Anhedonia is a condition that renders the sufferer unable to experience pleasure. In the rock musical Cages, which mixes live performance and holograms, film and animation, it’s also the name of a gray dystopian city where the aesthetic is very Tim-Burton-meets-German-Expressionism and any display of emotion is prohibited. Hidden in the shadows lurks composer Woolf, who sees in Madeline, his pixie-ish muse, the prospect of true love. Can music help them overcome their obstacles?
The biggest thing Cages faces is the very technology that acts as its selling point. The state-of-the-art holograms – an improvement on the days when Laurence Olivier’s floating head was projected onto the Dominion Theater stage for Time – will be indistinguishable from the live actors. But the disparity whenever Woolf (played in the flesh by CJ Baran) interacts with Madeline (Allison Harvard in virtual form) is all too obvious. No wonder the love story feels bloodless when it hinges on punch marks and corresponding sightlines, rather than old-school chemistry and rapport. It doesn’t help that the characters communicate via silent movie intertitles, with a narrator (Harwood Gordon, another hologram) speaking to himself.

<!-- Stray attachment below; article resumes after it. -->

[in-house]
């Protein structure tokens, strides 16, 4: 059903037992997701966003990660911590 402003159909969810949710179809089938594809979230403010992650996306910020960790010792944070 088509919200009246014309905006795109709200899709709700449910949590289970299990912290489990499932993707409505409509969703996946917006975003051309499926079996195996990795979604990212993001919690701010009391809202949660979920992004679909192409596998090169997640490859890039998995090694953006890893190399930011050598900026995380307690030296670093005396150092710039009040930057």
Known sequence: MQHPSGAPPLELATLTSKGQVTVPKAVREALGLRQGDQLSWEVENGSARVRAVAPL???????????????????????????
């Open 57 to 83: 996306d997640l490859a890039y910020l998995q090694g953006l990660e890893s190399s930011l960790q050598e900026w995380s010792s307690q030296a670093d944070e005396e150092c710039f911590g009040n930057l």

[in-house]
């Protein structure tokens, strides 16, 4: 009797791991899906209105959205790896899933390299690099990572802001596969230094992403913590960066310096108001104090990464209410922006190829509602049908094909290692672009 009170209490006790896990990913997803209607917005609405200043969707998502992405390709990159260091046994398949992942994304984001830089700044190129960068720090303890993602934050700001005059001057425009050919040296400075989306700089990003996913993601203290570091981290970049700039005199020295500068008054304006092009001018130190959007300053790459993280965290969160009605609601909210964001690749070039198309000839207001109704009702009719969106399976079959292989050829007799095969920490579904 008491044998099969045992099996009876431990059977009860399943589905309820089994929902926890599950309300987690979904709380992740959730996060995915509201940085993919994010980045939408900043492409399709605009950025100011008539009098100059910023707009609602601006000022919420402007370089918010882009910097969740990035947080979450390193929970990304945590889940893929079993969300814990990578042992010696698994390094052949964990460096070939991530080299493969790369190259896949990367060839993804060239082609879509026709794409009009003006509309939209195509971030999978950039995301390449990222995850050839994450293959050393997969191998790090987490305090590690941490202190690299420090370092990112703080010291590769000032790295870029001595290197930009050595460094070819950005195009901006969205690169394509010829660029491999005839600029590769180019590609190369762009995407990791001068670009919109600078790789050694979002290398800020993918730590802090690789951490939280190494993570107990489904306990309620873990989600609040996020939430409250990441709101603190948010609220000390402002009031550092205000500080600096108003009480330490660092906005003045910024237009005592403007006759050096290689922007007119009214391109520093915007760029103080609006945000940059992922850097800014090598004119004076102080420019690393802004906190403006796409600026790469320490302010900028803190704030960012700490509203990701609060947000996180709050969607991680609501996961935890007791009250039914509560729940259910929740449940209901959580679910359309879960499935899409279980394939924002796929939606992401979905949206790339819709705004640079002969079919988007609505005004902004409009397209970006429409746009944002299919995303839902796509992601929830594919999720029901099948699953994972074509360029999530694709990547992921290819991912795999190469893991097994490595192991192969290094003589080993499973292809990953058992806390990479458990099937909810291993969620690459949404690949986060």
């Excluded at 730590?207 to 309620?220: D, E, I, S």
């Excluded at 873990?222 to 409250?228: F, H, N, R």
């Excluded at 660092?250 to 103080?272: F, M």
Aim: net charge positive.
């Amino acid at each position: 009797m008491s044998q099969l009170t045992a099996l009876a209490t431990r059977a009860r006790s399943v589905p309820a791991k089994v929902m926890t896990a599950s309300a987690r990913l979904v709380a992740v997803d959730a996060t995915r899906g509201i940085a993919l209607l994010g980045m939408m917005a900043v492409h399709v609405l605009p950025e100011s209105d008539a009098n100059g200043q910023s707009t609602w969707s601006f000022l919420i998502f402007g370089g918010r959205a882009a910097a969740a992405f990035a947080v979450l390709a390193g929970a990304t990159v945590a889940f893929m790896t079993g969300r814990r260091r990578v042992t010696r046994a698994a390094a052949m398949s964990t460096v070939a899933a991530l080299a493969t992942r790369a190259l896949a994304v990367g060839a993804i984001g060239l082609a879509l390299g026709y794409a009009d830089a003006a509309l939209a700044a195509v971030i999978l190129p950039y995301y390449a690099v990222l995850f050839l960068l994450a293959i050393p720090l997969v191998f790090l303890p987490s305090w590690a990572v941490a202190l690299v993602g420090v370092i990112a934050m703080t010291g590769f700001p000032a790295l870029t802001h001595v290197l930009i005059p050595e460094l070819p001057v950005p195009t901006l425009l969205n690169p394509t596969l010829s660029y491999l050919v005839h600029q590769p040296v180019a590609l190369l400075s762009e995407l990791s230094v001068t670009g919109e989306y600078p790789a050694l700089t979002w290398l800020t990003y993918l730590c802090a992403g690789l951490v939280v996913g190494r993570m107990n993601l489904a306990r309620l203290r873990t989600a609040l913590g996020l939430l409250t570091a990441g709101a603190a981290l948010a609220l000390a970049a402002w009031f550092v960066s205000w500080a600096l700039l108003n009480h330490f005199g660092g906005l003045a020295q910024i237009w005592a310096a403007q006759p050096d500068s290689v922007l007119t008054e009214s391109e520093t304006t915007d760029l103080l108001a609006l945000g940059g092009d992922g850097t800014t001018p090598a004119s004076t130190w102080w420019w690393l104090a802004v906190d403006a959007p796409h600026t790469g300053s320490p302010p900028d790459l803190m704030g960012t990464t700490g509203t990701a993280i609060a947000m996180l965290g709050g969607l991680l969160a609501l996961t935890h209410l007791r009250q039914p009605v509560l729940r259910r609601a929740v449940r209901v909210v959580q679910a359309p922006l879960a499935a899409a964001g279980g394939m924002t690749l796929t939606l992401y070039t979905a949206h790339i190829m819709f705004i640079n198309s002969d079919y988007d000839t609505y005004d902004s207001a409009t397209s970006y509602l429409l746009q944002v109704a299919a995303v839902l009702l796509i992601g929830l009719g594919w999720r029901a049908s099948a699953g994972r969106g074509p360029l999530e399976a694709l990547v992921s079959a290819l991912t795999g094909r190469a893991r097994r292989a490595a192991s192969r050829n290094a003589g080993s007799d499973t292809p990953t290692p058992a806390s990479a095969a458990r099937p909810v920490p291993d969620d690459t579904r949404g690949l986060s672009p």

Crowd scenes filmed showing ranks of the secret police with metal traffic cones on their heads (why?) only underscore the leanness of the eight-person in-person cast. Baran, who co-created Cages with Benjamin K Romans, is a songwriter rather than an actor, and it shows – he has none of the physical expressiveness that might have made Woolf more than a figure laborious. The most beautiful effect of the party has virtual raindrops splashing on a real umbrella.
The score, also by Baran and Romans, is often reminiscent of Heartbreak-era 808s and Kanye West: lots of doom synths, vocoder and introspection. Madeline’s chorus, Somebody’s Somebody, is a pale echo of Vanessa Williams’ Save the Best for Last, while a singing moon with a human face is reminiscent of The Mighty Boosh. The only authentic pop anthem (A Love Song) comes too late to salvage a programming-rich second act in which audiences will know exactly what it feels like to suffer from anhedonia.